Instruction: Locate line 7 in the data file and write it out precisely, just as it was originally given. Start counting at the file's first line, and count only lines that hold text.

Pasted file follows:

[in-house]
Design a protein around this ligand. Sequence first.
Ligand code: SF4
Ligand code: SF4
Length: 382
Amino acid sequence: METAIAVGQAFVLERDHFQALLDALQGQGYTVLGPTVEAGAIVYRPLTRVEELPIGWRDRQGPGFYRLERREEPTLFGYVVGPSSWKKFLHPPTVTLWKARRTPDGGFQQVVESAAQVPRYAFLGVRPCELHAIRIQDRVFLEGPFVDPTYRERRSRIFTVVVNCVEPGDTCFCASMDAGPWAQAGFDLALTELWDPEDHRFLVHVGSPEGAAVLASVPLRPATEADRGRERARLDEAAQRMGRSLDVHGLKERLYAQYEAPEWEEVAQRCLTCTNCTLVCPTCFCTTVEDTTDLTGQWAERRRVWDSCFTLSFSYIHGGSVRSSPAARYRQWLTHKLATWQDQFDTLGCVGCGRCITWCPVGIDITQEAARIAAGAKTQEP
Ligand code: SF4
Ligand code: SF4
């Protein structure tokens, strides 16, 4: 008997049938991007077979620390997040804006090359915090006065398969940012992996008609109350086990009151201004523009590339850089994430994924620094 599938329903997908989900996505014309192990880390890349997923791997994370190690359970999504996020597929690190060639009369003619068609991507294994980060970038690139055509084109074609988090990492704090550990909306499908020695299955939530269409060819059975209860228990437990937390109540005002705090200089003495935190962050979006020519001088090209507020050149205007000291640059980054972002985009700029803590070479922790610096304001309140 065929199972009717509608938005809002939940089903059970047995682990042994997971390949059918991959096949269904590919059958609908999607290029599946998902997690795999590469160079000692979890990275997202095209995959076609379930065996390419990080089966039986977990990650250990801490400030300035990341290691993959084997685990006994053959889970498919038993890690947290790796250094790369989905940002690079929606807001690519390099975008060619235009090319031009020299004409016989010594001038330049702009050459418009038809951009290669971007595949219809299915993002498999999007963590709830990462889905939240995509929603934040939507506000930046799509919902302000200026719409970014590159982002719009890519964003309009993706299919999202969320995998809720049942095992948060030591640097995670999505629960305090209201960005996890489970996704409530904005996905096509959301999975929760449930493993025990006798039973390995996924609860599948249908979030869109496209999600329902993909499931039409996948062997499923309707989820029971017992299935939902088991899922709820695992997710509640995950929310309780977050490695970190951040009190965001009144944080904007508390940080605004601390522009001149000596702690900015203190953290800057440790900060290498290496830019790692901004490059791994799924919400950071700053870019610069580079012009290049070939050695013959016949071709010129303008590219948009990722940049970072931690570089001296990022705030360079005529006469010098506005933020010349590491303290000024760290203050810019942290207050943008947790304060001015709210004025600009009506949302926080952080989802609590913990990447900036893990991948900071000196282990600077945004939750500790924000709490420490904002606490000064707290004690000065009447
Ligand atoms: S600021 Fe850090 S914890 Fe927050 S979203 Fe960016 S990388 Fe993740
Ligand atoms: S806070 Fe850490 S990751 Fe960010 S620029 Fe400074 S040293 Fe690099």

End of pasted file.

Ligand code: SF4